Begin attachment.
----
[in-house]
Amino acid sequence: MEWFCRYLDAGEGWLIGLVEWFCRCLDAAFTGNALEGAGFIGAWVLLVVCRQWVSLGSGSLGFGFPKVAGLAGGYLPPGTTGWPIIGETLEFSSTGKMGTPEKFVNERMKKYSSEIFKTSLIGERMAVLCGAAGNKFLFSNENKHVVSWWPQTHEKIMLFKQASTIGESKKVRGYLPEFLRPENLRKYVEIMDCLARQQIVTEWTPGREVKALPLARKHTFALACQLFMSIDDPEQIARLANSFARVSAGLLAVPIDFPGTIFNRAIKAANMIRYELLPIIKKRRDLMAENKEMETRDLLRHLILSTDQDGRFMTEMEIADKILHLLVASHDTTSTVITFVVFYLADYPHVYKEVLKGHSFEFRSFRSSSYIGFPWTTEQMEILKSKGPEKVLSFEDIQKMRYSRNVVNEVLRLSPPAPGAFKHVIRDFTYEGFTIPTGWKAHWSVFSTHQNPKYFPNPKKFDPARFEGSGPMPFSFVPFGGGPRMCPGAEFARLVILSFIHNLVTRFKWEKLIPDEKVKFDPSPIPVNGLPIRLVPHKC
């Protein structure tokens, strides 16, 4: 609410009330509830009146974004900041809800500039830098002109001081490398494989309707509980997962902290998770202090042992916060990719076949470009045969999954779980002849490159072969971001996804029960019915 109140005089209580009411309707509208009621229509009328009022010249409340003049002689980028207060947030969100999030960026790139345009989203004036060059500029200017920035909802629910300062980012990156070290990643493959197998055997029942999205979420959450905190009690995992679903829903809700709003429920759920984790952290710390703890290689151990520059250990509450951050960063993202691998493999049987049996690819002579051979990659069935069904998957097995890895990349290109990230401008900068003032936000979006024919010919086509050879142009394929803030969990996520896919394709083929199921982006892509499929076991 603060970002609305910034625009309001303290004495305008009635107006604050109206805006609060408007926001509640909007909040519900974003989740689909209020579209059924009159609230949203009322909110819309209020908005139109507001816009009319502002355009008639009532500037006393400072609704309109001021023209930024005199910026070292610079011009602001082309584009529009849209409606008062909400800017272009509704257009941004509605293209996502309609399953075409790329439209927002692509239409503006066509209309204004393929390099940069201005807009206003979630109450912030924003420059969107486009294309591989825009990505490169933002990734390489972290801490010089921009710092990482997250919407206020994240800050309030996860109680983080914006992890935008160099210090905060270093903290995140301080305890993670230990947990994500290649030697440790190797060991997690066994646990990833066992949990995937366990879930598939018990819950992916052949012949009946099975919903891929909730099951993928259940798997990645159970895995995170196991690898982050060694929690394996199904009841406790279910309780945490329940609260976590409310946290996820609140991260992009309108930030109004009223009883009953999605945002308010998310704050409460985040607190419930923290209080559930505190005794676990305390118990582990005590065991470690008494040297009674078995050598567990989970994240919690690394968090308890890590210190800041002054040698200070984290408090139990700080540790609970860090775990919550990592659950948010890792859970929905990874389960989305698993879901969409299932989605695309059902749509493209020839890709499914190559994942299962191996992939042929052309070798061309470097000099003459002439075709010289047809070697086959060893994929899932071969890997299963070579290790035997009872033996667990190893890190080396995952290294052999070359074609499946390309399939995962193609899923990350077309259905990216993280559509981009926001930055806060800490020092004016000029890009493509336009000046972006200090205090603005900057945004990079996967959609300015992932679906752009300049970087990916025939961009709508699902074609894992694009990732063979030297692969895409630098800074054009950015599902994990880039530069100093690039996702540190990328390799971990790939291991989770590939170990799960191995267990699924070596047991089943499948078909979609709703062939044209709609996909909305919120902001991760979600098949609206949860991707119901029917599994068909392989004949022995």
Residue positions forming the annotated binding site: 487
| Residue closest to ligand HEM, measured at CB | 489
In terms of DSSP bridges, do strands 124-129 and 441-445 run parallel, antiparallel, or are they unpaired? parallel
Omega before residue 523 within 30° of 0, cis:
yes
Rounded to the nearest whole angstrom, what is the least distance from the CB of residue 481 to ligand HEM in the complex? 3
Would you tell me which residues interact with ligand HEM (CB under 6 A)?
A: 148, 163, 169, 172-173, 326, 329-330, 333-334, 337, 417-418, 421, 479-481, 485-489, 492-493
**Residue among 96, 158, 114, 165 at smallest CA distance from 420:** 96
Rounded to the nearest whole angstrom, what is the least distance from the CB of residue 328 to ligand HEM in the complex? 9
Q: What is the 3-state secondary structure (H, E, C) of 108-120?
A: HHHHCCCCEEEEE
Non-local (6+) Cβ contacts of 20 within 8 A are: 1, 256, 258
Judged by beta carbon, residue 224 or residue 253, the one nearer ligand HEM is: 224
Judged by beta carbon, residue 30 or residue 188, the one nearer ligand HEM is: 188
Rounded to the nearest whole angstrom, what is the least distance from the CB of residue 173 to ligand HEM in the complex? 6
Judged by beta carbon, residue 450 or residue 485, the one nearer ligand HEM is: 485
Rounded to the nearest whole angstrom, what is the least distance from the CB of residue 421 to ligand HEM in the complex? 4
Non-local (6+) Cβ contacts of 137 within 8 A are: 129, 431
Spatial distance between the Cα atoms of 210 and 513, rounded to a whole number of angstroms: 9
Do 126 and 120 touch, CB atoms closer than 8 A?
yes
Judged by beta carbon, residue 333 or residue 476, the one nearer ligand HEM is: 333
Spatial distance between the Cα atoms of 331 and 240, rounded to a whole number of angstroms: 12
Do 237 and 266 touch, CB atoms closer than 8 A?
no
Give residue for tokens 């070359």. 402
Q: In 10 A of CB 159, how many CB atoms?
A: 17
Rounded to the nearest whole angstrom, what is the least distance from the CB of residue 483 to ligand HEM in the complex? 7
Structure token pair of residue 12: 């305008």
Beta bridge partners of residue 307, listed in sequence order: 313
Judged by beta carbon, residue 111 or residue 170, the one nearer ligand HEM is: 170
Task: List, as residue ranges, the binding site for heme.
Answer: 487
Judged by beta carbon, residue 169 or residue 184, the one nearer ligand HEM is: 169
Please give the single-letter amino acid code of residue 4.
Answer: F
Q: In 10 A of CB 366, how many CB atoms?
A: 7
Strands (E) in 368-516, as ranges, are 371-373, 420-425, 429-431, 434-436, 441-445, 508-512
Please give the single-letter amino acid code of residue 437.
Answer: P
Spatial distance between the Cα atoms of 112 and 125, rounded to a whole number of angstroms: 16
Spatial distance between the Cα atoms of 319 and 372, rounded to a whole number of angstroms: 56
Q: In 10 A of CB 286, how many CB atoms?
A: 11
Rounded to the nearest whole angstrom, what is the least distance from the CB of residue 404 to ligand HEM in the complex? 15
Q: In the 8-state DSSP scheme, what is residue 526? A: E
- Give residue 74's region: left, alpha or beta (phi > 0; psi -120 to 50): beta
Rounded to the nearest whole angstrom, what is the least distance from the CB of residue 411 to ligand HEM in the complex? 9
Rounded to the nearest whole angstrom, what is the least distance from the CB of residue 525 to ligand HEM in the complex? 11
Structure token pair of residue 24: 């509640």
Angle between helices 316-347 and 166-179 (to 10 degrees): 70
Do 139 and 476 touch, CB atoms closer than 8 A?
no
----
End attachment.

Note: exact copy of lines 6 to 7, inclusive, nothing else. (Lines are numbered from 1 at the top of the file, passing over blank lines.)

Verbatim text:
In terms of DSSP bridges, do strands 124-129 and 441-445 run parallel, antiparallel, or are they unpaired? parallel
Omega before residue 523 within 30° of 0, cis: